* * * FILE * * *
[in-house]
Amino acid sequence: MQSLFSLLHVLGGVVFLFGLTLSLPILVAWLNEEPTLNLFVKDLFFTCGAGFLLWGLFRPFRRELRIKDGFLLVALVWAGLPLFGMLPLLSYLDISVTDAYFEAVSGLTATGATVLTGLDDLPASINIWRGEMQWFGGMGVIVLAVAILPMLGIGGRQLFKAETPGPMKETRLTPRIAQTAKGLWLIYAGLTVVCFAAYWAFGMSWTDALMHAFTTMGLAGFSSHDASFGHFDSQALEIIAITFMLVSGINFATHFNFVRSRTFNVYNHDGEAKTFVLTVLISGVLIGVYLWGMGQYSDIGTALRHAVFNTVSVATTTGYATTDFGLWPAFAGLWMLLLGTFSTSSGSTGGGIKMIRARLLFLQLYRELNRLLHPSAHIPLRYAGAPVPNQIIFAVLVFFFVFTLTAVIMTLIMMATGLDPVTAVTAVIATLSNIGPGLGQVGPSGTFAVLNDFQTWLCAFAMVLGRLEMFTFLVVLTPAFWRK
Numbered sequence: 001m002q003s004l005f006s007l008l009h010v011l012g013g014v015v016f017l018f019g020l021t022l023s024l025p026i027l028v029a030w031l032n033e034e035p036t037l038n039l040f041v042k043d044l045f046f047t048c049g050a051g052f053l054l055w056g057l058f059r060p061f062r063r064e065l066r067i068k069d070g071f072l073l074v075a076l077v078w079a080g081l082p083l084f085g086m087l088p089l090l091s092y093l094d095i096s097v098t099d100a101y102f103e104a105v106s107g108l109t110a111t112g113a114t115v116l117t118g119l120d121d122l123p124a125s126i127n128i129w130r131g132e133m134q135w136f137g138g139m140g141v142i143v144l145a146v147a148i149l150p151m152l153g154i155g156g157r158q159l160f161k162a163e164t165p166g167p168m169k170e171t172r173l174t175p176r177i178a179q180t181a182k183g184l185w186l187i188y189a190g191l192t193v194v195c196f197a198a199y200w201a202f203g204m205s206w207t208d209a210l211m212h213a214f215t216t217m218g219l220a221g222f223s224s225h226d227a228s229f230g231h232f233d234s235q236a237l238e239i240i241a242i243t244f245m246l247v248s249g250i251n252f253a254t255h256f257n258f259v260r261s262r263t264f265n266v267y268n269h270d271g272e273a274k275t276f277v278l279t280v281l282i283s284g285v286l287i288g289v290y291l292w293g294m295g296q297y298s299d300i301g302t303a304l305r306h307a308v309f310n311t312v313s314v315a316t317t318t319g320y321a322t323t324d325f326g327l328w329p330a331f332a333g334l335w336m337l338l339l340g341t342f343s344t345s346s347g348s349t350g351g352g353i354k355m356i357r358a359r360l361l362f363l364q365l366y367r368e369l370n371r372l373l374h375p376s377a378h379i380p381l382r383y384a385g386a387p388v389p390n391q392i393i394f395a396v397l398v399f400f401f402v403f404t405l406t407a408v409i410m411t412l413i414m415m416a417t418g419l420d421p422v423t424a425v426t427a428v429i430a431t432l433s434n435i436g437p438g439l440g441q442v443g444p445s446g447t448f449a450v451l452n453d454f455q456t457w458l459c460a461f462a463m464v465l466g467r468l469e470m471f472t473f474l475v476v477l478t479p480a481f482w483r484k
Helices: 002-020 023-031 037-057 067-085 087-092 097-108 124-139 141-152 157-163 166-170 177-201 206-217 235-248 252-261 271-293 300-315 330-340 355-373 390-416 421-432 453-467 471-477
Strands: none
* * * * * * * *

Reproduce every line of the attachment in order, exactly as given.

[in-house]
Amino acid sequence: MQSLFSLLHVLGGVVFLFGLTLSLPILVAWLNEEPTLNLFVKDLFFTCGAGFLLWGLFRPFRRELRIKDGFLLVALVWAGLPLFGMLPLLSYLDISVTDAYFEAVSGLTATGATVLTGLDDLPASINIWRGEMQWFGGMGVIVLAVAILPMLGIGGRQLFKAETPGPMKETRLTPRIAQTAKGLWLIYAGLTVVCFAAYWAFGMSWTDALMHAFTTMGLAGFSSHDASFGHFDSQALEIIAITFMLVSGINFATHFNFVRSRTFNVYNHDGEAKTFVLTVLISGVLIGVYLWGMGQYSDIGTALRHAVFNTVSVATTTGYATTDFGLWPAFAGLWMLLLGTFSTSSGSTGGGIKMIRARLLFLQLYRELNRLLHPSAHIPLRYAGAPVPNQIIFAVLVFFFVFTLTAVIMTLIMMATGLDPVTAVTAVIATLSNIGPGLGQVGPSGTFAVLNDFQTWLCAFAMVLGRLEMFTFLVVLTPAFWRK
Numbered sequence: 001m002q003s004l005f006s007l008l009h010v011l012g013g014v015v016f017l018f019g020l021t022l023s024l025p026i027l028v029a030w031l032n033e034e035p036t037l038n039l040f041v042k043d044l045f046f047t048c049g050a051g052f053l054l055w056g057l058f059r060p061f062r063r064e065l066r067i068k069d070g071f072l073l074v075a076l077v078w079a080g081l082p083l084f085g086m087l088p089l090l091s092y093l094d095i096s097v098t099d100a101y102f103e104a105v106s107g108l109t110a111t112g113a114t115v116l117t118g119l120d121d122l123p124a125s126i127n128i129w130r131g132e133m134q135w136f137g138g139m140g141v142i143v144l145a146v147a148i149l150p151m152l153g154i155g156g157r158q159l160f161k162a163e164t165p166g167p168m169k170e171t172r173l174t175p176r177i178a179q180t181a182k183g184l185w186l187i188y189a190g191l192t193v194v195c196f197a198a199y200w201a202f203g204m205s206w207t208d209a210l211m212h213a214f215t216t217m218g219l220a221g222f223s224s225h226d227a228s229f230g231h232f233d234s235q236a237l238e239i240i241a242i243t244f245m246l247v248s249g250i251n252f253a254t255h256f257n258f259v260r261s262r263t264f265n266v267y268n269h270d271g272e273a274k275t276f277v278l279t280v281l282i283s284g285v286l287i288g289v290y291l292w293g294m295g296q297y298s299d300i301g302t303a304l305r306h307a308v309f310n311t312v313s314v315a316t317t318t319g320y321a322t323t324d325f326g327l328w329p330a331f332a333g334l335w336m337l338l339l340g341t342f343s344t345s346s347g348s349t350g351g352g353i354k355m356i357r358a359r360l361l362f363l364q365l366y367r368e369l370n371r372l373l374h375p376s377a378h379i380p381l382r383y384a385g386a387p388v389p390n391q392i393i394f395a396v397l398v399f400f401f402v403f404t405l406t407a408v409i410m411t412l413i414m415m416a417t418g419l420d421p422v423t424a425v426t427a428v429i430a431t432l433s434n435i436g437p438g439l440g441q442v443g444p445s446g447t448f449a450v451l452n453d454f455q456t457w458l459c460a461f462a463m464v465l466g467r468l469e470m471f472t473f474l475v476v477l478t479p480a481f482w483r484k
Helices: 002-020 023-031 037-057 067-085 087-092 097-108 124-139 141-152 157-163 166-170 177-201 206-217 235-248 252-261 271-293 300-315 330-340 355-373 390-416 421-432 453-467 471-477
Strands: none